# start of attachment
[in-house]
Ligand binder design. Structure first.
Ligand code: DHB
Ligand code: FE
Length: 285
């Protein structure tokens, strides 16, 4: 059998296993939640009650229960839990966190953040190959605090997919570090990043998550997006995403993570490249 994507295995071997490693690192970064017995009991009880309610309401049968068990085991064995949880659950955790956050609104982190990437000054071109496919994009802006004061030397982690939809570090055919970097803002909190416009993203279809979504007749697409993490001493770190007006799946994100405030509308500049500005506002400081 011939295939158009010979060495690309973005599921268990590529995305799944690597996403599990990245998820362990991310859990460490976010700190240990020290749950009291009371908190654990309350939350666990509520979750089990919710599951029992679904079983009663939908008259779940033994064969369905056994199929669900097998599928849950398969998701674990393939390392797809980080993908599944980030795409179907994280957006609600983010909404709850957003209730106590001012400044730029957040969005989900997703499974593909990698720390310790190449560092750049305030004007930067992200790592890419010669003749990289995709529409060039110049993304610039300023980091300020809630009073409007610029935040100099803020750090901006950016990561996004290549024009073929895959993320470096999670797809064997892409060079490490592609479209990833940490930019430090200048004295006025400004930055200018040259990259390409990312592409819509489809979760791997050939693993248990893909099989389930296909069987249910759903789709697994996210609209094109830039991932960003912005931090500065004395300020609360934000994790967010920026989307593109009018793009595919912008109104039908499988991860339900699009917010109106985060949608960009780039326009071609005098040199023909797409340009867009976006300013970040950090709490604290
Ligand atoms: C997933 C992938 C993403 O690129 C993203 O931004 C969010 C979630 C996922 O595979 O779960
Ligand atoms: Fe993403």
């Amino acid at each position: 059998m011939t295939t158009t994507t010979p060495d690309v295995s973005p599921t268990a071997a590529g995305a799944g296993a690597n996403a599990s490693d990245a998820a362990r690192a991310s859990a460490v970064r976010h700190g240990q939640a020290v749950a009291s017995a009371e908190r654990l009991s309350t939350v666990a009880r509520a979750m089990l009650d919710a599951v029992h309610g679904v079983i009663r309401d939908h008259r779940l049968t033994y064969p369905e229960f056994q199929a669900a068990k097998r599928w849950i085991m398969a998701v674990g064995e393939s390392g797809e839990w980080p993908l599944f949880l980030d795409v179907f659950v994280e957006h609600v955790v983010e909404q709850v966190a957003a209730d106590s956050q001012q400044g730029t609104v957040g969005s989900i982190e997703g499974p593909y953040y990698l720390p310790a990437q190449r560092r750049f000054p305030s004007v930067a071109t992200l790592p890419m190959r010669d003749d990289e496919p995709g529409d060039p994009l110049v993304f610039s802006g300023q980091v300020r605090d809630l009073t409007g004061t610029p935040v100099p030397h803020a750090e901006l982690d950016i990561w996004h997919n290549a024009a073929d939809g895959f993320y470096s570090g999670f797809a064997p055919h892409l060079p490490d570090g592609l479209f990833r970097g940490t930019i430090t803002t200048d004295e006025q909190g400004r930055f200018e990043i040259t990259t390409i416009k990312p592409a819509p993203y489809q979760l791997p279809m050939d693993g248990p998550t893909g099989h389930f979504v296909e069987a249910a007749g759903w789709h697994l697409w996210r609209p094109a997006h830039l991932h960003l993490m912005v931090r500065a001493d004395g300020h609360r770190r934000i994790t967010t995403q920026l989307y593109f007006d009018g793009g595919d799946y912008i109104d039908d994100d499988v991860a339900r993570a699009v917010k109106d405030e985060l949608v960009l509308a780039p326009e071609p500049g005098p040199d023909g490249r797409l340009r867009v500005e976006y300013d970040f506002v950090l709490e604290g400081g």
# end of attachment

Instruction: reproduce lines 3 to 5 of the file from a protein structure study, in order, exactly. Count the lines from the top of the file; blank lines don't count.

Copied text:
Ligand code: DHB
Ligand code: FE
Length: 285